• How do you keep your mind out of the basement of dark?

    Asked by Coloman on Wednesday, November 6, 2019

    How do you keep your mind out of the basement of dark?

    Every now and then I just get negative and can't lose it. I can't get positive. How do you do it?

    14 Answers from the Community

    14 answers
    • Bengal's Avatar
      Bengal

      I've been there and it is hard to pull yourself out of it. Sometimes you have to purposefully, mindfully, deliberately make a change. Get together with friends even if you don't really feel like it. Make yourself do something you used to enjoy doing. I sometimes just listen to music and let that seep into my mind and drive the negative thoughts out. A walk through nature's wonders can sometimes snap you out of a funk. If it's really bad talking to a councillor can really help.

      14 days ago
    • po18guy's Avatar
      po18guy

      Conquering the fear of death is one way. Learning methods of dealing with suffering is another. Those methods were taught to me and I employ them.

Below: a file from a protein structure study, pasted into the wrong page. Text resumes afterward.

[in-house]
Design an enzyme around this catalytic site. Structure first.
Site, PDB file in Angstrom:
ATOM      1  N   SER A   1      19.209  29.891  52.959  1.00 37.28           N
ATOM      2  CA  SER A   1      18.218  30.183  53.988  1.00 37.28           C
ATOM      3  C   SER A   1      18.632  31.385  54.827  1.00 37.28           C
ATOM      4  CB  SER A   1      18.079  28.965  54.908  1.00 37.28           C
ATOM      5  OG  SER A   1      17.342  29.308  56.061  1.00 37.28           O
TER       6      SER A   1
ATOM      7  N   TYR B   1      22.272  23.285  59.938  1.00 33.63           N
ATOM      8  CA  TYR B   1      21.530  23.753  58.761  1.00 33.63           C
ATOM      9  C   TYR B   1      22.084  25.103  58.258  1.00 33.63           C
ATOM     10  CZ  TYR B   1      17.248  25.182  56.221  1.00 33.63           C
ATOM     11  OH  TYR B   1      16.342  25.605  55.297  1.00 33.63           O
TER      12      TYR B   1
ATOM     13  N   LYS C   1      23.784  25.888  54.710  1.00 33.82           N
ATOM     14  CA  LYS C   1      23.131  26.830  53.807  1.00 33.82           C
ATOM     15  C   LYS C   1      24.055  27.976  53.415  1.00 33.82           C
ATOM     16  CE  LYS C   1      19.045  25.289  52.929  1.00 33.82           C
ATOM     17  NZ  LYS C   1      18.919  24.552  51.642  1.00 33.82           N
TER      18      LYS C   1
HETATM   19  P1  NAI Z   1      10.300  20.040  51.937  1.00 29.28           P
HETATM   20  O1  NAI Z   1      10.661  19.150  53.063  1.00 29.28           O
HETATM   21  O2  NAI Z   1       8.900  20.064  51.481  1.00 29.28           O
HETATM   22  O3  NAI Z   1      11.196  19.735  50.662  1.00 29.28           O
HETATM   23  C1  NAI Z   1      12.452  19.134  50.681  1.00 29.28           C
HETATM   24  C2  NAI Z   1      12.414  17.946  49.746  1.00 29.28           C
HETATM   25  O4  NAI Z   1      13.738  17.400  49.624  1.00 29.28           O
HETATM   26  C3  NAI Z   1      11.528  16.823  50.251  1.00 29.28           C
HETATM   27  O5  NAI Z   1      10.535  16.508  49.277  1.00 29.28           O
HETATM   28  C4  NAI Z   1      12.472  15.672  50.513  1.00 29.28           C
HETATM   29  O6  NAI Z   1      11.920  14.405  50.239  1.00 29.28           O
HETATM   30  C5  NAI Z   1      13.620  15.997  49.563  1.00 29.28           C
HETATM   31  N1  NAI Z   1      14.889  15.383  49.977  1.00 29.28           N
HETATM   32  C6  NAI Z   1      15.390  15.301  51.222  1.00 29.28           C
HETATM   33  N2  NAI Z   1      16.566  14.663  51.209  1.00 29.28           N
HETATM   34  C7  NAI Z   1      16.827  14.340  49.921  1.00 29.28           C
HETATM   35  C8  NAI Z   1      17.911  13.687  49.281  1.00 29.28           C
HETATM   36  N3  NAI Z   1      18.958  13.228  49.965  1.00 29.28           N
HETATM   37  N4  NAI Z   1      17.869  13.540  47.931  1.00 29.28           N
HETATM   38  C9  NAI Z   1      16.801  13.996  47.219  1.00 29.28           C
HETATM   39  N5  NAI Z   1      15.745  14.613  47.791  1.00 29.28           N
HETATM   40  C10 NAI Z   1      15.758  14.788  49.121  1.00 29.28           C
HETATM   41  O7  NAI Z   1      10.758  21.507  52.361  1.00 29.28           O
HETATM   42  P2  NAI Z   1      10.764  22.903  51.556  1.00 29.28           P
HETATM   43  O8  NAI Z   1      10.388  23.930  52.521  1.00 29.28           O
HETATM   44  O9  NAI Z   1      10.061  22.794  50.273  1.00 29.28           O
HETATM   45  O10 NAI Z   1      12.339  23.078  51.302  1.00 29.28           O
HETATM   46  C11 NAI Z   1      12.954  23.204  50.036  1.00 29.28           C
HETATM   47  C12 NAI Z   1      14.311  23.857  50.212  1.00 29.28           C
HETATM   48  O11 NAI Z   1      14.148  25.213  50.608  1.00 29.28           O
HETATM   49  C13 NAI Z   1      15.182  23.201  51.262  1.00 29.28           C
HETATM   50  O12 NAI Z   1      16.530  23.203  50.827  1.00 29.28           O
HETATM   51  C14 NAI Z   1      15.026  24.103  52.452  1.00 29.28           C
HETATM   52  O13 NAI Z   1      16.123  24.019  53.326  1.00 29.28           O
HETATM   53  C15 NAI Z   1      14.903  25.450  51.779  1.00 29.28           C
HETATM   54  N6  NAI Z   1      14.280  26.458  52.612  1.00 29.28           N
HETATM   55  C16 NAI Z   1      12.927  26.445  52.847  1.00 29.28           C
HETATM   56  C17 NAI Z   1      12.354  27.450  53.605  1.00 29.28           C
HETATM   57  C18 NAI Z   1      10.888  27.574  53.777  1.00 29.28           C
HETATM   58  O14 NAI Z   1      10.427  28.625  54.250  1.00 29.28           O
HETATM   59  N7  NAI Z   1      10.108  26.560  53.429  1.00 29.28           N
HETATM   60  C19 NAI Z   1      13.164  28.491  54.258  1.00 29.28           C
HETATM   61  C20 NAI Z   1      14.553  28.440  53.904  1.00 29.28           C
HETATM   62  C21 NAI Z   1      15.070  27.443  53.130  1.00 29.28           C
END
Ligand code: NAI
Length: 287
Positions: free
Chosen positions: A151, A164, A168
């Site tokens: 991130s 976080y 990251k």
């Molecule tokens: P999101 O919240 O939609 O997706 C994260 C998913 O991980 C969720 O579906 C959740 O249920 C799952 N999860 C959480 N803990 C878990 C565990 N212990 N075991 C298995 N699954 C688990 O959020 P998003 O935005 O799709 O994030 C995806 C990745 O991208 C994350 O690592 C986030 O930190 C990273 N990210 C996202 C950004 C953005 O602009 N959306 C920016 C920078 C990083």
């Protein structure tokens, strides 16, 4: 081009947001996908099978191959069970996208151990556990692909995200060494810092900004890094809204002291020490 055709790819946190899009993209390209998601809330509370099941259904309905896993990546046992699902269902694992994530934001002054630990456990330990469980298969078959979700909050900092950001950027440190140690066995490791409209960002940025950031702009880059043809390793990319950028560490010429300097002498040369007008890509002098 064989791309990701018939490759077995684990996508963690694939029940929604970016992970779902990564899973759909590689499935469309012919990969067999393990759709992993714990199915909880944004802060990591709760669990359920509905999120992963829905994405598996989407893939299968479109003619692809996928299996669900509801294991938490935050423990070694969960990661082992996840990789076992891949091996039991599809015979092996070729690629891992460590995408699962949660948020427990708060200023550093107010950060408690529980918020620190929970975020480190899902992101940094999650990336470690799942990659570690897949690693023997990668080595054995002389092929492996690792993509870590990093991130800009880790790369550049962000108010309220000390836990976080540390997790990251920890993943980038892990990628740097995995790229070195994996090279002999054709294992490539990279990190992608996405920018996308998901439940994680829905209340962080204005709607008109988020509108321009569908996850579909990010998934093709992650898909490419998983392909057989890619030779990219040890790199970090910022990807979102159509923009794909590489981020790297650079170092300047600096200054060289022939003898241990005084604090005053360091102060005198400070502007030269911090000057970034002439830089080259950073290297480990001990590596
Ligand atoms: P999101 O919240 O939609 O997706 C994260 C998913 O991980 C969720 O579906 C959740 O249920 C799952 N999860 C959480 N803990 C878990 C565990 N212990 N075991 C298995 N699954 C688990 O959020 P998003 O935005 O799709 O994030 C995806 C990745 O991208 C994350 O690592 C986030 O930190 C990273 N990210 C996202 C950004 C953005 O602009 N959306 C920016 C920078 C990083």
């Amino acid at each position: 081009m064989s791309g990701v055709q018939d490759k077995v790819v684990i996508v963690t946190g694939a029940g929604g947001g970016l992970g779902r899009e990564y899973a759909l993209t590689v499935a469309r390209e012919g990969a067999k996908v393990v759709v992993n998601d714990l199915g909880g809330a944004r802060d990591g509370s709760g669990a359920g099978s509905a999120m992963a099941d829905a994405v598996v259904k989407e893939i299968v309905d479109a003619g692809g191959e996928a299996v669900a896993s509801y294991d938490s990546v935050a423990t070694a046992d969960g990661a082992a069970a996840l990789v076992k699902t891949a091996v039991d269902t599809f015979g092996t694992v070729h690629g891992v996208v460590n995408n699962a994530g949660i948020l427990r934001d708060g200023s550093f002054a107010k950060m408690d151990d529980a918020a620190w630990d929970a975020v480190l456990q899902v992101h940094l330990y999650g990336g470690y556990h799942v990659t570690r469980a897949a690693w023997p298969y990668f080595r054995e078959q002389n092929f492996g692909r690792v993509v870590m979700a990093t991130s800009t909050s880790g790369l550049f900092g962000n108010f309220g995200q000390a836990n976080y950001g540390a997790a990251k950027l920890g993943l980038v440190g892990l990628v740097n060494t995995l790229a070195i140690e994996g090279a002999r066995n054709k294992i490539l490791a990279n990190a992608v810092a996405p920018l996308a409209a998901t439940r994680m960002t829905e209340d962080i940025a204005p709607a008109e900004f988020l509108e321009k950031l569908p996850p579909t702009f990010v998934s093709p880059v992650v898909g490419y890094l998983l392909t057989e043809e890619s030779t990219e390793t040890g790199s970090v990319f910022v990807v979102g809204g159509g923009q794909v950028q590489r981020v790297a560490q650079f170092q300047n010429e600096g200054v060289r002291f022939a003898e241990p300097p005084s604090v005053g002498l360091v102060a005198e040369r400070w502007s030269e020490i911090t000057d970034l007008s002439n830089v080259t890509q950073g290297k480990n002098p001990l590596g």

14 days ago
    • CrazyHarry's Avatar
      CrazyHarry

      I’ve pretty much been a gray cloud since my epic battle.

      I’m cured but suffer daily with the wreckage left behind.

      I do have some things that perk me up, but generally nothing for long.

      14 days ago
    • JaneA's Avatar
      JaneA

      Deep breathing (I learned from some yoga classes) really helps me at night. That's when the darkness of cancer will creep into my mind and sleep will not come.

      I focus on finding beauty in each day. I love photography and usually take my little Canon SureShot along to capture a flower blooming or a mushroom or animal track. I've also learned to watercolor so that I can transport my mind to any place in the world just by painting.

      Try not to focus on what you've lost. We gain new friends and lose some others. We gain wisdom and understand far better the value of life and of feeling good. Embrace today - tomorrow will take care of itself.

      13 days ago
    • GregP_WN's Avatar
      GregP_WN